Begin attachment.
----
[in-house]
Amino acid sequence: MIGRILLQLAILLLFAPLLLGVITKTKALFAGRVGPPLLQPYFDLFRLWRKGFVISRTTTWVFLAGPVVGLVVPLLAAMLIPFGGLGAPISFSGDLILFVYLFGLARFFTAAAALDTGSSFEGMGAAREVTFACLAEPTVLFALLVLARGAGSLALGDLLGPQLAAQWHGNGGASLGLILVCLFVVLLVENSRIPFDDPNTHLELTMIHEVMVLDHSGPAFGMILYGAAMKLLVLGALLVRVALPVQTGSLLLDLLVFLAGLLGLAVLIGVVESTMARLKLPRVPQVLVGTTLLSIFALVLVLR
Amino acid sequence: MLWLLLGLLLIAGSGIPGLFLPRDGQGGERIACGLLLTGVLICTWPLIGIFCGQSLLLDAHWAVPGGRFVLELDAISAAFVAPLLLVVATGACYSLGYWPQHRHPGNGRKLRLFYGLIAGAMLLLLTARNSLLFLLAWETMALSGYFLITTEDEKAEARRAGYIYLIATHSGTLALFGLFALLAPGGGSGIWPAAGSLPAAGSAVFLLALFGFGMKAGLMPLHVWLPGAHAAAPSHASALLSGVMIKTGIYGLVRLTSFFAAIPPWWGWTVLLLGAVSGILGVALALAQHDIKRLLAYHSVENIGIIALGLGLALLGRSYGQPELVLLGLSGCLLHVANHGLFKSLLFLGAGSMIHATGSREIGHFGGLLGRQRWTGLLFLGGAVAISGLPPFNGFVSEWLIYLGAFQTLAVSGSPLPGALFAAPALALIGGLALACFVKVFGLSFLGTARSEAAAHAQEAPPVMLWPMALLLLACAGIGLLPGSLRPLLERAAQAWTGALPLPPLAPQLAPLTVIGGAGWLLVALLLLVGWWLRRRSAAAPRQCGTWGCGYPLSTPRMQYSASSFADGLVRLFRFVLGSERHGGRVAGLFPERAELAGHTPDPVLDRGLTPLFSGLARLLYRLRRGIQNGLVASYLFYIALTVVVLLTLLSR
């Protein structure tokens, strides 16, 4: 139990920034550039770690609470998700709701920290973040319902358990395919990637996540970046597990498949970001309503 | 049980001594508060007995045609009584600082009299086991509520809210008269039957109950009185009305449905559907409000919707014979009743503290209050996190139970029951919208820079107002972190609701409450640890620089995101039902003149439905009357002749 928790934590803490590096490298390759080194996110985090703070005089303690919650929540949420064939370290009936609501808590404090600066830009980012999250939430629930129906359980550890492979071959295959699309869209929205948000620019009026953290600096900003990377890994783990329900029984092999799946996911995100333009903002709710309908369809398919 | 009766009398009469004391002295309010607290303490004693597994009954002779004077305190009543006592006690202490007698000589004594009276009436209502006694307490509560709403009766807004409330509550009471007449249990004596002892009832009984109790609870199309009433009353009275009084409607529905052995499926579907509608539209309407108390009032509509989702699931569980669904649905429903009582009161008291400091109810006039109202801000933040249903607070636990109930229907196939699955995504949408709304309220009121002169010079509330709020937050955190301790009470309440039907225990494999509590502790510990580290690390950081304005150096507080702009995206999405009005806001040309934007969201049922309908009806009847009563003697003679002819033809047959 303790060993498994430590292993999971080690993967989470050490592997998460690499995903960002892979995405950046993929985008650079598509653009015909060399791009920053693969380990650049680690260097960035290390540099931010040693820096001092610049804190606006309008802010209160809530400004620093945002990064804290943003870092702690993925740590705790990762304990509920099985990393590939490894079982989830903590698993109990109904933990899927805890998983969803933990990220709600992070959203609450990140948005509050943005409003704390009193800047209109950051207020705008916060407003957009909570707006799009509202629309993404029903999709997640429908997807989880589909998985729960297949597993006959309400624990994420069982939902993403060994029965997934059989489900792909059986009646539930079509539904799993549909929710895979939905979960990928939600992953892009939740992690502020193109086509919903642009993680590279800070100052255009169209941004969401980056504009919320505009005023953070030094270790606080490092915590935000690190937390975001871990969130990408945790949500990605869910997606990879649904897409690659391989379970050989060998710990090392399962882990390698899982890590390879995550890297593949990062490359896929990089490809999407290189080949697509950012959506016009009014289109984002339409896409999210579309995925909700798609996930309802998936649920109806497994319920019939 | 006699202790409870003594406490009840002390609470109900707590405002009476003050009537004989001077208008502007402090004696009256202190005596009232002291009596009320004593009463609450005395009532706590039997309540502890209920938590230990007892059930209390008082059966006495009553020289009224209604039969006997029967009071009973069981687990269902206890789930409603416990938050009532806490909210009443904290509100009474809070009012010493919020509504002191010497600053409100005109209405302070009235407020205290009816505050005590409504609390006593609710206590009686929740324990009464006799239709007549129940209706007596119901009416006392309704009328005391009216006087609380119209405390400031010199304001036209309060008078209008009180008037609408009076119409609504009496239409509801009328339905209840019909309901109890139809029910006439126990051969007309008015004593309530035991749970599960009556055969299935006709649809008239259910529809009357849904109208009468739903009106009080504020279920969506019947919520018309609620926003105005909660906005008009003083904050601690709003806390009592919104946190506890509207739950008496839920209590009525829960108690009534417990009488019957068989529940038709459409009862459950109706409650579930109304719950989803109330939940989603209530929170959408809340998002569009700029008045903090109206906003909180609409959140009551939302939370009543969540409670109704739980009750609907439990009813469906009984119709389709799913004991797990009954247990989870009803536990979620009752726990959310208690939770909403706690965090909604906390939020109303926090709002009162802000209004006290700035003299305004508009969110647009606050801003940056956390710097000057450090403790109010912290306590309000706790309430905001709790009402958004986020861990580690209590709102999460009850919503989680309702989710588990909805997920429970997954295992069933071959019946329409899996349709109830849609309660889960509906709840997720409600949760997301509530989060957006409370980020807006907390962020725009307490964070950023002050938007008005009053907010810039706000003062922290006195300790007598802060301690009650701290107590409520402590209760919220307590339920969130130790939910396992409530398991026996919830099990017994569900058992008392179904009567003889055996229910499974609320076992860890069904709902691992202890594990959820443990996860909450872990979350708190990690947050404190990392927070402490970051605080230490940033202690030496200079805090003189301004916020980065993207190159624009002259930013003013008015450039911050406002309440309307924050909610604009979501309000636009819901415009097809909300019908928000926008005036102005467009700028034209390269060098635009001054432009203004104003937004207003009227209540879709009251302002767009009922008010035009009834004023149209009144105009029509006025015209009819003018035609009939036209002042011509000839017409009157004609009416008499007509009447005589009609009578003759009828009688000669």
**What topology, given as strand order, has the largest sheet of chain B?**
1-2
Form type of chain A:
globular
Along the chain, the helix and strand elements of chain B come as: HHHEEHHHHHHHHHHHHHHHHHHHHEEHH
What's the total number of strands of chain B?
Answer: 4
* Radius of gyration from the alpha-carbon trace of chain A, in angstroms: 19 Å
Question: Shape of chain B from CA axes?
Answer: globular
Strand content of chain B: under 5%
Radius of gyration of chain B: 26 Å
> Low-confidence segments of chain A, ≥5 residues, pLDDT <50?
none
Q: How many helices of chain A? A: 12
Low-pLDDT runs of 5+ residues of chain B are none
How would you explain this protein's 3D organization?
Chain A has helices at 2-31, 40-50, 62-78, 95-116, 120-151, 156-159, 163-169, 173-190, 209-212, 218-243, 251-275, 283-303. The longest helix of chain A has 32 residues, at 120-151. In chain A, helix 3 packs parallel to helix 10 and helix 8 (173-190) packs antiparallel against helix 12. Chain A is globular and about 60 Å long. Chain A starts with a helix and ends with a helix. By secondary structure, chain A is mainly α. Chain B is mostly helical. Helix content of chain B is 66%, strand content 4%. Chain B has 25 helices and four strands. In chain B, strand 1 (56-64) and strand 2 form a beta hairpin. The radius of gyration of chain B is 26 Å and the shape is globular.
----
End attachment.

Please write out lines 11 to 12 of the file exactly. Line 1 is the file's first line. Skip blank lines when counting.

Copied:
Answer: 4
* Radius of gyration from the alpha-carbon trace of chain A, in angstroms: 19 Å